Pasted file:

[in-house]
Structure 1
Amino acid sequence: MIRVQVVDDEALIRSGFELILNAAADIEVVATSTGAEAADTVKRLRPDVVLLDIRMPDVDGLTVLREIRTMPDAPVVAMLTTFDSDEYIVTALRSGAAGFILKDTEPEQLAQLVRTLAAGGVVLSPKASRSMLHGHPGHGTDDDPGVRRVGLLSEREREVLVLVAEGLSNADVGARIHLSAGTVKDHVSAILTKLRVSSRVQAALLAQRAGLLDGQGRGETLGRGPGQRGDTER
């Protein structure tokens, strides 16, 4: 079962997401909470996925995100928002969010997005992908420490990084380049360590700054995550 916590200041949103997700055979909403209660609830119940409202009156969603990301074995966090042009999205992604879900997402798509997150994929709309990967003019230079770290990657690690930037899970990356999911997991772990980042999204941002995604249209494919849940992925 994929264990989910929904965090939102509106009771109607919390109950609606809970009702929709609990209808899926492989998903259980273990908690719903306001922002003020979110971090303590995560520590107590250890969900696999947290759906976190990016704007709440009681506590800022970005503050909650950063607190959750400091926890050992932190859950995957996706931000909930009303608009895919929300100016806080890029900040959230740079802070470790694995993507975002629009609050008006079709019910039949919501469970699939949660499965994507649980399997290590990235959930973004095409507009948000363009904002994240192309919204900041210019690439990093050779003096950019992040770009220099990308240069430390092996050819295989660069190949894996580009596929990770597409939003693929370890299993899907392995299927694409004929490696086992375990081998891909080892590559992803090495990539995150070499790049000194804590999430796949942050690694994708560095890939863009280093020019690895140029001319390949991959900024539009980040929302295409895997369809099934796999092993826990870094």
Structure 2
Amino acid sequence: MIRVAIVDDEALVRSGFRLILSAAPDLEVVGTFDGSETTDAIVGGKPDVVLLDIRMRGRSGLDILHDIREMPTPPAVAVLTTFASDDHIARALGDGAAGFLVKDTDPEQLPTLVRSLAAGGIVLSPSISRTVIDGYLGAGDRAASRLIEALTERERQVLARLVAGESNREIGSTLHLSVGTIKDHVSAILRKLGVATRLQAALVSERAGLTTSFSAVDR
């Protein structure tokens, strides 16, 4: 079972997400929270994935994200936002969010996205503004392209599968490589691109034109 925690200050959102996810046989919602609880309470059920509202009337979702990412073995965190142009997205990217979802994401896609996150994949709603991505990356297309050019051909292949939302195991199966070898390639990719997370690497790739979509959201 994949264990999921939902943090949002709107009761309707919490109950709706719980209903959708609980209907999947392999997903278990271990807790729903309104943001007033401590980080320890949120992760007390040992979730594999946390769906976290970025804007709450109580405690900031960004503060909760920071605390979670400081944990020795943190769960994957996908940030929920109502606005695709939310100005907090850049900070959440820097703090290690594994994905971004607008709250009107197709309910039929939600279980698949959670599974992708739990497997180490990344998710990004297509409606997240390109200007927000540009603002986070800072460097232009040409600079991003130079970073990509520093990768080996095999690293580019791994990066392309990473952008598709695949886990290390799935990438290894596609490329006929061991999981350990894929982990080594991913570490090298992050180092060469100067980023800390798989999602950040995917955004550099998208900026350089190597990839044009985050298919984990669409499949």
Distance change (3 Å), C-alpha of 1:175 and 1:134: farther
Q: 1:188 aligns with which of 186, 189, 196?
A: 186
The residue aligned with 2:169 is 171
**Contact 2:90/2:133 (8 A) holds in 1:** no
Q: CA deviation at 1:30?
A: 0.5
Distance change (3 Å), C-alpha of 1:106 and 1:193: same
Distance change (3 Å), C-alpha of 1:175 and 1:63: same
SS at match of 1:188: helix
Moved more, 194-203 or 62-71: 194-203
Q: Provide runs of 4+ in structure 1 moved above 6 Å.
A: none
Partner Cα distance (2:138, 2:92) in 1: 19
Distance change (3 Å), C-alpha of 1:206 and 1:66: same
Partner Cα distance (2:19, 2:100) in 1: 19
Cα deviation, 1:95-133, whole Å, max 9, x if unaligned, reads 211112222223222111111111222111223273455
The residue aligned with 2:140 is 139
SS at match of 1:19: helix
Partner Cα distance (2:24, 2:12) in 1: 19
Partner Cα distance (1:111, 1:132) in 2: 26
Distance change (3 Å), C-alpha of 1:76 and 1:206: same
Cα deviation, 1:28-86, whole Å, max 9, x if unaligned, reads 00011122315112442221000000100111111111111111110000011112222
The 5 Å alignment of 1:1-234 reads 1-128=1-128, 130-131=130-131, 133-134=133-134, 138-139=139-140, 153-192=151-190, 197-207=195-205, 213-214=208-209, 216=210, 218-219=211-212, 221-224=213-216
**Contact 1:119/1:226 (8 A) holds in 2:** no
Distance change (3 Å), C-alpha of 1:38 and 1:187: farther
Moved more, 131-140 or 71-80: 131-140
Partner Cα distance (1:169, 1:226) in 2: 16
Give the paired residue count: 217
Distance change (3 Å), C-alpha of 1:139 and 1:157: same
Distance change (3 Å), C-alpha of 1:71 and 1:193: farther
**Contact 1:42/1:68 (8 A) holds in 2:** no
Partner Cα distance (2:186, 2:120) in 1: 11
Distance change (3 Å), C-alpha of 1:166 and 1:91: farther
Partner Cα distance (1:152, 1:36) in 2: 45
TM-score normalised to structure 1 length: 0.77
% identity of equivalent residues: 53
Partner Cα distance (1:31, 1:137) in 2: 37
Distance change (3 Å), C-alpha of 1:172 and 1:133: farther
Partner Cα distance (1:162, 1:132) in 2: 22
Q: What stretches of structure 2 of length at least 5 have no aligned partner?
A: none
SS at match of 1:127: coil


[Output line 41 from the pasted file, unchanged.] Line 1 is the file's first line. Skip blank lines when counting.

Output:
Distance change (3 Å), C-alpha of 1:166 and 1:91: farther